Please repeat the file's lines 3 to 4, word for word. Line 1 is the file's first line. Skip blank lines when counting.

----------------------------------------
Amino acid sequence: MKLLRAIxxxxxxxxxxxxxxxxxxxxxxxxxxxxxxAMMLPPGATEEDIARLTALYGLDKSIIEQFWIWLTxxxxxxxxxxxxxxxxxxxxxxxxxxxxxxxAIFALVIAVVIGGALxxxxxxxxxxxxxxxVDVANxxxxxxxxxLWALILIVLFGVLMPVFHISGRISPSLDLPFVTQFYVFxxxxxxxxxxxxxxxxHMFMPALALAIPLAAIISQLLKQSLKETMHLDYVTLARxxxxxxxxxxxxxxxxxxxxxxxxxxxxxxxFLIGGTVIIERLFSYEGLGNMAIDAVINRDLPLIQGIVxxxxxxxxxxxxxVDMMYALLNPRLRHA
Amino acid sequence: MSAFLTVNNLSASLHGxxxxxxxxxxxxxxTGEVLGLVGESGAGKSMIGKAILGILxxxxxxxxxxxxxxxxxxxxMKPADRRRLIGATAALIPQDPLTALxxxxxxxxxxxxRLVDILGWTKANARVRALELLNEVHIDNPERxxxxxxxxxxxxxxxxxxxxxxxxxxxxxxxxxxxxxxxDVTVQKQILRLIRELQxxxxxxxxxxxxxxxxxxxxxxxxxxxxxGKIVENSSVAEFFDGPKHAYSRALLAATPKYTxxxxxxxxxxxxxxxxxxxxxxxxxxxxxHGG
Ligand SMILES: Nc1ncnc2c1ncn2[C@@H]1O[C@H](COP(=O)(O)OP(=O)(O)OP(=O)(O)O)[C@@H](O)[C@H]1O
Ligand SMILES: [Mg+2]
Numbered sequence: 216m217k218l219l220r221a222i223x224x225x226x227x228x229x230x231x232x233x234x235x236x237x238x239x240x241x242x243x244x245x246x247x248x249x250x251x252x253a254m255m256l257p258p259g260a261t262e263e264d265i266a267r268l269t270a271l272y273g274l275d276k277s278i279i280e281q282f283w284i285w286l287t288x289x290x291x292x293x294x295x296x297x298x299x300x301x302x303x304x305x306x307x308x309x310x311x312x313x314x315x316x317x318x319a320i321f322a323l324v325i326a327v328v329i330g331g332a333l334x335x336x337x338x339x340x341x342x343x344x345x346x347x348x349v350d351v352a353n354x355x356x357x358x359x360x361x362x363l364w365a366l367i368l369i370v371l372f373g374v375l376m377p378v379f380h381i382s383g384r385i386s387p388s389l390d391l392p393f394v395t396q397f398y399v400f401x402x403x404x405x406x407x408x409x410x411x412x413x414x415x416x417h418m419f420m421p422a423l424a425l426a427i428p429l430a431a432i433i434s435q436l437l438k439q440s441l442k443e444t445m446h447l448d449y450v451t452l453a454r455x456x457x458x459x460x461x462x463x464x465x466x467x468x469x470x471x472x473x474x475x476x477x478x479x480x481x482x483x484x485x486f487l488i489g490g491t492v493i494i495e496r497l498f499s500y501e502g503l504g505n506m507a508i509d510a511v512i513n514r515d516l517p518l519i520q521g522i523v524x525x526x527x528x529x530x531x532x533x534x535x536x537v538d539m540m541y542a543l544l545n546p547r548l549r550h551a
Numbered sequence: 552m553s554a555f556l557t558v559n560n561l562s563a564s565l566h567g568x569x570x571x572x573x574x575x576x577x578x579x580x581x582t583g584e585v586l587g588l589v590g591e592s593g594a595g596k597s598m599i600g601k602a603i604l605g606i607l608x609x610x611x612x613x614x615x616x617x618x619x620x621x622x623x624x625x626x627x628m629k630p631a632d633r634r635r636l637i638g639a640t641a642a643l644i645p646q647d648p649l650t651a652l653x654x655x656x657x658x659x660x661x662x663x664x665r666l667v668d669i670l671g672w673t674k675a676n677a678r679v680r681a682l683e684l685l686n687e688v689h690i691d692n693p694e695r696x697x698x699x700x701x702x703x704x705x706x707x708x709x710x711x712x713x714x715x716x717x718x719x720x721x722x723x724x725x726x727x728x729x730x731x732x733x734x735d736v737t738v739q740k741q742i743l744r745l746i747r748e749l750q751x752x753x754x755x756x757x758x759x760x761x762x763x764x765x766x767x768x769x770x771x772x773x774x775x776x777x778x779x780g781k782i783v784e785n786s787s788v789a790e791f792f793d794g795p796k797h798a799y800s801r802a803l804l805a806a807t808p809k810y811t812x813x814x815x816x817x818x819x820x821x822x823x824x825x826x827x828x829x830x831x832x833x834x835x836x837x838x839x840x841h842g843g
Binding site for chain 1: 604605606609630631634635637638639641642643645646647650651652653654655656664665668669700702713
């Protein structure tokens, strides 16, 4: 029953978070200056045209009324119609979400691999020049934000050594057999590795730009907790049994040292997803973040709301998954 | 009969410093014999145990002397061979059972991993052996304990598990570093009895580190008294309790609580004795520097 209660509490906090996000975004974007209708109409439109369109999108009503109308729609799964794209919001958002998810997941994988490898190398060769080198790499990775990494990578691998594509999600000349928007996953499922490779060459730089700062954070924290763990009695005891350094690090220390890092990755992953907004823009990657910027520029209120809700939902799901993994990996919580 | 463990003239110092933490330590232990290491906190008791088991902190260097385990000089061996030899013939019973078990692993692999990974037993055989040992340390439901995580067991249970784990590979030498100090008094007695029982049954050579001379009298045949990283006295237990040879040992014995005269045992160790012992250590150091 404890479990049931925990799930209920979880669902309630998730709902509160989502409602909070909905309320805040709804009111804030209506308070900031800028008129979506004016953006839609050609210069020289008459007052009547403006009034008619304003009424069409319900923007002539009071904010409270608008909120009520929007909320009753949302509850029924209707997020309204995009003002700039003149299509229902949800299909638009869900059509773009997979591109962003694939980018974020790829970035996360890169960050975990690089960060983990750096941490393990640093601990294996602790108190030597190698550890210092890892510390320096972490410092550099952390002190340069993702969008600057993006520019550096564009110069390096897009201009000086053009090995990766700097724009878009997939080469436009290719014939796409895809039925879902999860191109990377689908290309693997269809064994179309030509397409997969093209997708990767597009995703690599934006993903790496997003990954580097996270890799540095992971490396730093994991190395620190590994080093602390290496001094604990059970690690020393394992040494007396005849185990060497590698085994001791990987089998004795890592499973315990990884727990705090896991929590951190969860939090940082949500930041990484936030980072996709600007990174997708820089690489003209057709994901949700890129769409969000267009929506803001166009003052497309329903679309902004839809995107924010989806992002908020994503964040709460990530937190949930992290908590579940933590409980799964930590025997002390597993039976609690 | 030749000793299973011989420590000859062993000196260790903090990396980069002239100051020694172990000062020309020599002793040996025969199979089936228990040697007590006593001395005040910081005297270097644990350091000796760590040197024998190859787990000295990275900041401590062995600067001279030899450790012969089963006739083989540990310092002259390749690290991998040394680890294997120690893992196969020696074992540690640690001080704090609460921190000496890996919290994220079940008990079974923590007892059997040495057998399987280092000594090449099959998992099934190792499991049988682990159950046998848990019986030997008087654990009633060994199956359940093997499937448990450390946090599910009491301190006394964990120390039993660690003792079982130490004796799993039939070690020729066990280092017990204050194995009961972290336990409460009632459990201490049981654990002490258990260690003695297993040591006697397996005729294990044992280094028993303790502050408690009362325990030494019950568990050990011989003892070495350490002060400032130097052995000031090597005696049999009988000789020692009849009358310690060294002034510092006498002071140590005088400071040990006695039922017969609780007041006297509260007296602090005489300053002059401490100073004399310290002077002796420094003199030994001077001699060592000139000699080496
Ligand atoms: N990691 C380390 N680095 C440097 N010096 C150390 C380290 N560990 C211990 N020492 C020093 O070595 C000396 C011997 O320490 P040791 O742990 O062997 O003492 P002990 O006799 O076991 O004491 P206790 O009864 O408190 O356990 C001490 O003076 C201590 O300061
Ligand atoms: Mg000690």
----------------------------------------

Ligand SMILES: Nc1ncnc2c1ncn2[C@@H]1O[C@H](COP(=O)(O)OP(=O)(O)OP(=O)(O)O)[C@@H](O)[C@H]1O
Ligand SMILES: [Mg+2]